Bob Wills  

Navajo Trail by Bob Wills

September 2023 - Navajo Trail

About the Image(s)

I took this in Canyon De Chelly on a tour guided by Navajos. The entire trip took half a day, and we then had lunch under trees in the canyon. A two-week Zane Grey experience. I like the curves even though I must remember that the tracks made by the Ford Broncos we traveled in the canyon, weren't the same as made by Spanish horses the 1840's Navajos rode in this area. Any suggestions are appreciated.

10 comments posted

Robert Atkins   Robert Atkins
Hi Bob. I like the lighting and the colors that you've found in this image. There is a strong contrast between the greens of the foliage and reds of the desert rock and ground. But I don't think there is a strong focus in this composition, and my eye wanders around quite a bit without a clear place to rest. I am also pulled to the cliff on the left because it is large and bright, but I don't think it is really the subject.

To emphasize the jeep paths more, which seems to be your focus from your comments, I would try cropping the left - most or all of the cliff, and then try cropping further from the top and or bottom. I think that tightens in on the curved paths making them more the subject, and simplifies things overall. Again, with beautiful colors and the soft light that bring them out, I think it is worth playing further with the tighter compositions. Sounds like it was a very memorable trip.   Posted: 09/05/2023 07:00:52
Bob Wills   Bob Wills
Thanks, Robert. Good suggestions as always.   Posted: 09/05/2023 10:29:30

Haru Nagasaki   Haru Nagasaki
Hi Bob,
Thank you for sharing.
What I like about this image is that the scale of rocks is well presented. I like the tree in the middle isolated. It is outstanding from the srroundings and helps my eyes to rest a bit in the brown world. Also the greens are well positioned aling the trail. Those are well captured.
But still I am not sure what to look. My initial idea was to make luminosity dynamic so it makes more clear what to look and what not to look. My attempt attached here is a bit too obious, sorry, I was too rush to edit this.
  Posted: 09/07/2023 03:10:49
Bob Wills   Bob Wills
Thank you, Haru. I have discovered some useful gradient tool changes in the new PSCC that can help me isolate areas of the image to guide the viewer's eye. As usual I have struggled with selecting a proper subject.   Posted: 09/07/2023 09:48:53
Haru Nagasaki   Haru Nagasaki
Hi Bob,
I think you know what is the subject. No worries. I would try to remember what trigger you to shoot this scene. I guess trails got your attention judging from the title "Navajo trail". So I would edit to make the trails to be center.
That's what Robert is saying in my interpretation.
Too bad but I tried a couple of versions to make trails center of attention, but I could not make it work with my limited edit skill.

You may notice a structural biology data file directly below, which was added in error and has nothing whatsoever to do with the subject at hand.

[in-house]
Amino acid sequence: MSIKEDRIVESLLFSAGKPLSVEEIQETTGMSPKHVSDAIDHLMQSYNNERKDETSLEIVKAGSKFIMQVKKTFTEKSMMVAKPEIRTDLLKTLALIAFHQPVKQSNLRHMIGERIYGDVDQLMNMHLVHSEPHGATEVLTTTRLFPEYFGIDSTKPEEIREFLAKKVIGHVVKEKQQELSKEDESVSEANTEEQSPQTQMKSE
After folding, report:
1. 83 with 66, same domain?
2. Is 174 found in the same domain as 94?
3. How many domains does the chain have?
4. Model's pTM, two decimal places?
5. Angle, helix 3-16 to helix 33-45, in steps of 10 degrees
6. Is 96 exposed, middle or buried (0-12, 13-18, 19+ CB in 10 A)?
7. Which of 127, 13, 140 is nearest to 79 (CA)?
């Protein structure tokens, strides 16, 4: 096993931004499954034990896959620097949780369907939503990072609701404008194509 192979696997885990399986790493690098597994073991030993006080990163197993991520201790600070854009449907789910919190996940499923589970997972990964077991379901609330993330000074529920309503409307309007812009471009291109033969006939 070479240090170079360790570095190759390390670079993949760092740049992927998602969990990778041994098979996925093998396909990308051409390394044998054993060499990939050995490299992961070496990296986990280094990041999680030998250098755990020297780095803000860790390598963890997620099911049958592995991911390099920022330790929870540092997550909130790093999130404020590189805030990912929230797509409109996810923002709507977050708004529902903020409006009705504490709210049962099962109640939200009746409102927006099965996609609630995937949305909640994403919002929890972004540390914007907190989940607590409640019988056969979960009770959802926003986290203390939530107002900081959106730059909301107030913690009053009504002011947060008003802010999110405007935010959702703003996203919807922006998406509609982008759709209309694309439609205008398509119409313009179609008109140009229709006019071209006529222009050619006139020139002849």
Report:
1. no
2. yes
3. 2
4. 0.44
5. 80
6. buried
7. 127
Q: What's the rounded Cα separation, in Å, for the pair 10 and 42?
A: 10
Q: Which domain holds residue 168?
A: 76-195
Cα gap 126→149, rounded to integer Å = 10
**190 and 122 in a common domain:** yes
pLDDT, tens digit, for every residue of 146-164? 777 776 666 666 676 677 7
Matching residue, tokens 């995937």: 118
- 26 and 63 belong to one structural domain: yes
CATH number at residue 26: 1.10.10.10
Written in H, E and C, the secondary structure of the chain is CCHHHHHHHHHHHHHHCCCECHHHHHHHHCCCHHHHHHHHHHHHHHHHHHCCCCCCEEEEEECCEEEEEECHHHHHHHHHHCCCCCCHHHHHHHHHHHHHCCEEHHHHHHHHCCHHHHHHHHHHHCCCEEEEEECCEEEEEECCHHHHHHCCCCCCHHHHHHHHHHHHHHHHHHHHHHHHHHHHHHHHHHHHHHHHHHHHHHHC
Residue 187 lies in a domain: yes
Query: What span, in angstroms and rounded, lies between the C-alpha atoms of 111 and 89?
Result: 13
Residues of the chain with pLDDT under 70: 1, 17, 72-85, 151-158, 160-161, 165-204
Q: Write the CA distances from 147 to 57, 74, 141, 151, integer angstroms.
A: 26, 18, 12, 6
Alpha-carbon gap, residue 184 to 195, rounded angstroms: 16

So all I did is to ignore all your emotional intention, and made "fake" image to make it pop. Mostly it is for my practice. So naturally it would not be accepted by you, since it does not support your emotional feeling. That's what Dan is saying. Maybe I should not have posted the image. I will just post comment without my attempt going forward. Please take my attempt out from here. It is embarassing.
  Posted: 09/08/2023 07:04:09
Bob Wills   Bob Wills
I have taken down your valuable image as requested, Haru. Please remember that this is a study group, not social media. We comment and show a remade version that we think shows a different vision and technique. That is an aid to the creator and our purpose. Nothing to be ashamed of or think the artist will be offended. Please continue to post commented images as we can all learn even when not our own images.
You can repost your edited image if you feel I have made sense. If the EDIT comment box is gone for you, send me the jpeg and I'll add it back.   Posted: 09/08/2023 07:54:18

Dan Mottaz   Dan Mottaz
Hey Bob, for me this is more about vertigo than the Navajo Trail. The Trail (or dirt road, as it appears) is merely there for scale. What works for me is the power behind the depth of your shot. It truly has a vertigo effect. You accomplished this nicely because of it's 3D effect.
Without reading Haru's review, he jacked in a lot of drama. I can agree with what I guess is his thinking where your mid-day capture lacks visual excitement. By highlighting the rock ridge with a heavy vignette, I feel the vertigo experience is lost. So, how do you merge the two concepts?
Anyway, I like how you see. Keep it up.   Posted: 09/07/2023 10:56:53
Bob Wills   Bob Wills
Thanks, Dan. (I am going to continue this answer in a critique of Roberts image this month. ) I finished reading Zane Grey's "Riders of the Purple Sage" and "Fighting Caravans." that took me away from looking at my lighthouse images and back into my Western images. His writing is speaking to me and you and Robert each referenced Guy Tal this month. I read him a lot in Lenswork, and vision is important but hard to grasp. At 77 and with Parkinson's my balance is betraying me, so vertigo is a good insight.   Posted: 09/07/2023 11:24:08

Gloria Grandolini   Gloria Grandolini
Hi Bob, I really like this image. The way I see it is that in this case the composition as a whole is the focus. A Navajo environment showing the texture of the nature and the mystery of the trail - there for many years first with horses now jeeps… I like the color combination of yellow, oranges, and browns with the green contrast. The light does not help you but that is always the challenge when we visit magnificent spots at the "wrong" time of the day.   Posted: 09/08/2023 15:44:24
Bob Wills   Bob Wills
Thank you, Gloria. I'm reading Zane Grey novels, and he is remarkably intelligent and ahead of his time in treatment of women for a dime novelist.   Posted: 09/09/2023 08:49:08
Comment Image


Please log in to post a comment